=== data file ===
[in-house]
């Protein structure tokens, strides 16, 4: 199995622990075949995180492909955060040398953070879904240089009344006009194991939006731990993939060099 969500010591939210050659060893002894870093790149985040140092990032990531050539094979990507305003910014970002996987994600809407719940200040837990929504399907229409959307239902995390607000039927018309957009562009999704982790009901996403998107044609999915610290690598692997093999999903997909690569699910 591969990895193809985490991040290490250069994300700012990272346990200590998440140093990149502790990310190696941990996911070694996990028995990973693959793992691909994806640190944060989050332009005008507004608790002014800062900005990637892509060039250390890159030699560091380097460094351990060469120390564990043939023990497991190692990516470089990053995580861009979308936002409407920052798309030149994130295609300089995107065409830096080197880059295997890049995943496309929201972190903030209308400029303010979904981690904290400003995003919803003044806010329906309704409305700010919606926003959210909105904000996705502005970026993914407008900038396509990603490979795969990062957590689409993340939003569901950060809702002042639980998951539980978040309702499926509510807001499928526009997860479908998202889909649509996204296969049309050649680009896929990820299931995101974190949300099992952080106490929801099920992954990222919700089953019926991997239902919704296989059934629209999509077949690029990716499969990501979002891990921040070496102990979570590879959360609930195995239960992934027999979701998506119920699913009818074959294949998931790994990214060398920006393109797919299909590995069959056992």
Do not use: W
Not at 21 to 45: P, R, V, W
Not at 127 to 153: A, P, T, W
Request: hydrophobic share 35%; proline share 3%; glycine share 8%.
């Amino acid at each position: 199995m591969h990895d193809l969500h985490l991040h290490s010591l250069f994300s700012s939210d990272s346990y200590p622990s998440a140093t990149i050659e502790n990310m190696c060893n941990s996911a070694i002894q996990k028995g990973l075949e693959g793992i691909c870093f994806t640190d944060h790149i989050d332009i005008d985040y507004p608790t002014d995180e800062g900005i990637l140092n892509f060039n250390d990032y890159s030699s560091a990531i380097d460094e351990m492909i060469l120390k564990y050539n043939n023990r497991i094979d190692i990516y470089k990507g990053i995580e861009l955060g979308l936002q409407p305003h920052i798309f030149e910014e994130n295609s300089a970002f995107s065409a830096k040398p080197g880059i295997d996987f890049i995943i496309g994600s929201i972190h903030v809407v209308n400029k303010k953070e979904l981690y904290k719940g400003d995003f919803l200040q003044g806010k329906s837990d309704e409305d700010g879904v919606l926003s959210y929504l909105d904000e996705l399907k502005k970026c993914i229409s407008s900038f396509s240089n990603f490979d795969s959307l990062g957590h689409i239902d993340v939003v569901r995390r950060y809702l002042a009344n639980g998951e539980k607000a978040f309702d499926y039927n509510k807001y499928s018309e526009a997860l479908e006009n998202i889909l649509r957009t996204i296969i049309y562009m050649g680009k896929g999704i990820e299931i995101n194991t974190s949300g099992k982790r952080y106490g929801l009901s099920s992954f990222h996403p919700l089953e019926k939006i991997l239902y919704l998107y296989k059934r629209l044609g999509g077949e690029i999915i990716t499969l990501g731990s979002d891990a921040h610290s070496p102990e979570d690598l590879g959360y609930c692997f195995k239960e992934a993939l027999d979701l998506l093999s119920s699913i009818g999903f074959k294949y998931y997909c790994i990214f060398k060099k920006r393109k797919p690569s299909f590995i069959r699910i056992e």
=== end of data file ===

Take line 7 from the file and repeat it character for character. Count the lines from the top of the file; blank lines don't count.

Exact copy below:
């Amino acid at each position: 199995m591969h990895d193809l969500h985490l991040h290490s010591l250069f994300s700012s939210d990272s346990y200590p622990s998440a140093t990149i050659e502790n990310m190696c060893n941990s996911a070694i002894q996990k028995g990973l075949e693959g793992i691909c870093f994806t640190d944060h790149i989050d332009i005008d985040y507004p608790t002014d995180e800062g900005i990637l140092n892509f060039n250390d990032y890159s030699s560091a990531i380097d460094e351990m492909i060469l120390k564990y050539n043939n023990r497991i094979d190692i990516y470089k990507g990053i995580e861009l955060g979308l936002q409407p305003h920052i798309f030149e910014e994130n295609s300089a970002f995107s065409a830096k040398p080197g880059i295997d996987f890049i995943i496309g994600s929201i972190h903030v809407v209308n400029k303010k953070e979904l981690y904290k719940g400003d995003f919803l200040q003044g806010k329906s837990d309704e409305d700010g879904v919606l926003s959210y929504l909105d904000e996705l399907k502005k970026c993914i229409s407008s900038f396509s240089n990603f490979d795969s959307l990062g957590h689409i239902d993340v939003v569901r995390r950060y809702l002042a009344n639980g998951e539980k607000a978040f309702d499926y039927n509510k807001y499928s018309e526009a997860l479908e006009n998202i889909l649509r957009t996204i296969i049309y562009m050649g680009k896929g999704i990820e299931i995101n194991t974190s949300g099992k982790r952080y106490g929801l009901s099920s992954f990222h996403p919700l089953e019926k939006i991997l239902y919704l998107y296989k059934r629209l044609g999509g077949e690029i999915i990716t499969l990501g731990s979002d891990a921040h610290s070496p102990e979570d690598l590879g959360y609930c692997f195995k239960e992934a993939l027999d979701l998506l093999s119920s699913i009818g999903f074959k294949y998931y997909c790994i990214f060398k060099k920006r393109k797919p690569s299909f590995i069959r699910i056992e």